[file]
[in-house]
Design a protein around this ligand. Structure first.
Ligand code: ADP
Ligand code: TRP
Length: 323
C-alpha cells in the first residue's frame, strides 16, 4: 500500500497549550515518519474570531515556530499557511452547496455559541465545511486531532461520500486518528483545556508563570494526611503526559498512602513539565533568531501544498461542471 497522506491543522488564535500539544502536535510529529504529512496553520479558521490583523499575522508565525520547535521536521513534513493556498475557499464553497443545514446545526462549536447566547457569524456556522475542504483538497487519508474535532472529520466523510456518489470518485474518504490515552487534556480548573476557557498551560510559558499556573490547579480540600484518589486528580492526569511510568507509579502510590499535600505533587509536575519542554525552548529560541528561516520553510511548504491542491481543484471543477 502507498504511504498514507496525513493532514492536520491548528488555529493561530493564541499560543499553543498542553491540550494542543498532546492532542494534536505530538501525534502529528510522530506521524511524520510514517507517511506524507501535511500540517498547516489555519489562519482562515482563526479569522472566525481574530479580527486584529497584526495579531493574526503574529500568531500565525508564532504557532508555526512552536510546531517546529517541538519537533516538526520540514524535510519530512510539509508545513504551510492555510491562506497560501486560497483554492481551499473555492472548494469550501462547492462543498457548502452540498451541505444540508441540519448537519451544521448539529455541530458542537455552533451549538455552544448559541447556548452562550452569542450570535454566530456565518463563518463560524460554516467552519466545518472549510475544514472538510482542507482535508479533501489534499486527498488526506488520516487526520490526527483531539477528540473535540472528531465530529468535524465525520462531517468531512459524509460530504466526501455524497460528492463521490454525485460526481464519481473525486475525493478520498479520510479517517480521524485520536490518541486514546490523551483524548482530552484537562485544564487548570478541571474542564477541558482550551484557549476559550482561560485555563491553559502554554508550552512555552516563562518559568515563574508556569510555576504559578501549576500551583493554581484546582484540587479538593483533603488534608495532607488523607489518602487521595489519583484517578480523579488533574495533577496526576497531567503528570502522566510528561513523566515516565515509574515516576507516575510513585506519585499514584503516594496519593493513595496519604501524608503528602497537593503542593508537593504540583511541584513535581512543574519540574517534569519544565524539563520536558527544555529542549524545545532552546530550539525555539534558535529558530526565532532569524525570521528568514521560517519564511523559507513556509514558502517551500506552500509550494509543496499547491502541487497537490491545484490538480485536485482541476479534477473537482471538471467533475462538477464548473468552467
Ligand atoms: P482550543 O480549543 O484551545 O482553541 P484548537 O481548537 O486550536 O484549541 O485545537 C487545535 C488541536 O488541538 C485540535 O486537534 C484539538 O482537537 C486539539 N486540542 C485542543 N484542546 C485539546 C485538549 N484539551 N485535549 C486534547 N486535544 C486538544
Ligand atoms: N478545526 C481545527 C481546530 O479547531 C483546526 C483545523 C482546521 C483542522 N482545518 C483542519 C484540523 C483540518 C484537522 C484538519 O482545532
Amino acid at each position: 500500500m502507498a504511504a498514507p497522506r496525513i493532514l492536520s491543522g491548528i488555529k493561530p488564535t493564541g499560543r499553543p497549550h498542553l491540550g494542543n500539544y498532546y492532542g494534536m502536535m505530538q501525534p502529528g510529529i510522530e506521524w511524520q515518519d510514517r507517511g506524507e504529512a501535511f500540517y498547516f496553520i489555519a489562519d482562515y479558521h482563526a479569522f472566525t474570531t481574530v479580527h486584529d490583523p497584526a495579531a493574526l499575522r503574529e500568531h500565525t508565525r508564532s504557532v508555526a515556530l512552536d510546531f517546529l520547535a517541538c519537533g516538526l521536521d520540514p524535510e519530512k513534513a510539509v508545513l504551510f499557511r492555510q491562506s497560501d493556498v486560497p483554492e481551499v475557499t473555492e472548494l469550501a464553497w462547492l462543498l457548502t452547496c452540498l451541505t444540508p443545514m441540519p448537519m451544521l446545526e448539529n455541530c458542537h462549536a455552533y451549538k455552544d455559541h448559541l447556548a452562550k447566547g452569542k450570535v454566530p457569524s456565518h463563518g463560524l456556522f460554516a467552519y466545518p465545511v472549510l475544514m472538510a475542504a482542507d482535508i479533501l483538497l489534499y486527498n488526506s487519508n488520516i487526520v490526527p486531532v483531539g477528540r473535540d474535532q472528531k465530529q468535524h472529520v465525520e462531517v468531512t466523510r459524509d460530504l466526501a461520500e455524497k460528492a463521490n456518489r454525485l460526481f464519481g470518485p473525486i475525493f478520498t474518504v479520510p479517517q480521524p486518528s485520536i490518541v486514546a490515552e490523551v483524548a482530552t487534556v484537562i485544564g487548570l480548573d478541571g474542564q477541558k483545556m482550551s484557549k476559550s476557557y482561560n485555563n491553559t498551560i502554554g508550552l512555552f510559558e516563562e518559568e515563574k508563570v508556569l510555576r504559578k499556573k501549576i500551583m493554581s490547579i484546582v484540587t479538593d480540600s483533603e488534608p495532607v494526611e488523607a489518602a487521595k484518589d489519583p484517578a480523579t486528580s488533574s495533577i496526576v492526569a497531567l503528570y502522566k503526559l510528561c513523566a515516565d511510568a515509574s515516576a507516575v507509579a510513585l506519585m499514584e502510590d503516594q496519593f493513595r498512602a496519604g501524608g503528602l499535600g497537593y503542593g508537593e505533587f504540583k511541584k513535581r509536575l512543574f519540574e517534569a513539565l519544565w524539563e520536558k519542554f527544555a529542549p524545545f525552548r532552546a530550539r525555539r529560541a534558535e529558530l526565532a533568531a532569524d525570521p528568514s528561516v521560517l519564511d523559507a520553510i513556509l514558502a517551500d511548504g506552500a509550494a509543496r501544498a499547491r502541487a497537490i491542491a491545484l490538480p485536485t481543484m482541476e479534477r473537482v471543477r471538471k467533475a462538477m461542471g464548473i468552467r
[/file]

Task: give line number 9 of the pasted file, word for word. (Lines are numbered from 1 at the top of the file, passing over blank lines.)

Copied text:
Amino acid at each position: 500500500m502507498a504511504a498514507p497522506r496525513i493532514l492536520s491543522g491548528i488555529k493561530p488564535t493564541g499560543r499553543p497549550h498542553l491540550g494542543n500539544y498532546y492532542g494534536m502536535m505530538q501525534p502529528g510529529i510522530e506521524w511524520q515518519d510514517r507517511g506524507e504529512a501535511f500540517y498547516f496553520i489555519a489562519d482562515y479558521h482563526a479569522f472566525t474570531t481574530v479580527h486584529d490583523p497584526a495579531a493574526l499575522r503574529e500568531h500565525t508565525r508564532s504557532v508555526a515556530l512552536d510546531f517546529l520547535a517541538c519537533g516538526l521536521d520540514p524535510e519530512k513534513a510539509v508545513l504551510f499557511r492555510q491562506s497560501d493556498v486560497p483554492e481551499v475557499t473555492e472548494l469550501a464553497w462547492l462543498l457548502t452547496c452540498l451541505t444540508p443545514m441540519p448537519m451544521l446545526e448539529n455541530c458542537h462549536a455552533y451549538k455552544d455559541h448559541l447556548a452562550k447566547g452569542k450570535v454566530p457569524s456565518h463563518g463560524l456556522f460554516a467552519y466545518p465545511v472549510l475544514m472538510a475542504a482542507d482535508i479533501l483538497l489534499y486527498n488526506s487519508n488520516i487526520v490526527p486531532v483531539g477528540r473535540d474535532q472528531k465530529q468535524h472529520v465525520e462531517v468531512t466523510r459524509d460530504l466526501a461520500e455524497k460528492a463521490n456518489r454525485l460526481f464519481g470518485p473525486i475525493f478520498t474518504v479520510p479517517q480521524p486518528s485520536i490518541v486514546a490515552e490523551v483524548a482530552t487534556v484537562i485544564g487548570l480548573d478541571g474542564q477541558k483545556m482550551s484557549k476559550s476557557y482561560n485555563n491553559t498551560i502554554g508550552l512555552f510559558e516563562e518559568e515563574k508563570v508556569l510555576r504559578k499556573k501549576i500551583m493554581s490547579i484546582v484540587t479538593d480540600s483533603e488534608p495532607v494526611e488523607a489518602a487521595k484518589d489519583p484517578a480523579t486528580s488533574s495533577i496526576v492526569a497531567l503528570y502522566k503526559l510528561c513523566a515516565d511510568a515509574s515516576a507516575v507509579a510513585l506519585m499514584e502510590d503516594q496519593f493513595r498512602a496519604g501524608g503528602l499535600g497537593y503542593g508537593e505533587f504540583k511541584k513535581r509536575l512543574f519540574e517534569a513539565l519544565w524539563e520536558k519542554f527544555a529542549p524545545f525552548r532552546a530550539r525555539r529560541a534558535e529558530l526565532a533568531a532569524d525570521p528568514s528561516v521560517l519564511d523559507a520553510i513556509l514558502a517551500d511548504g506552500a509550494a509543496r501544498a499547491r502541487a497537490i491542491a491545484l490538480p485536485t481543484m482541476e479534477r473537482v471543477r471538471k467533475a462538477m461542471g464548473i468552467r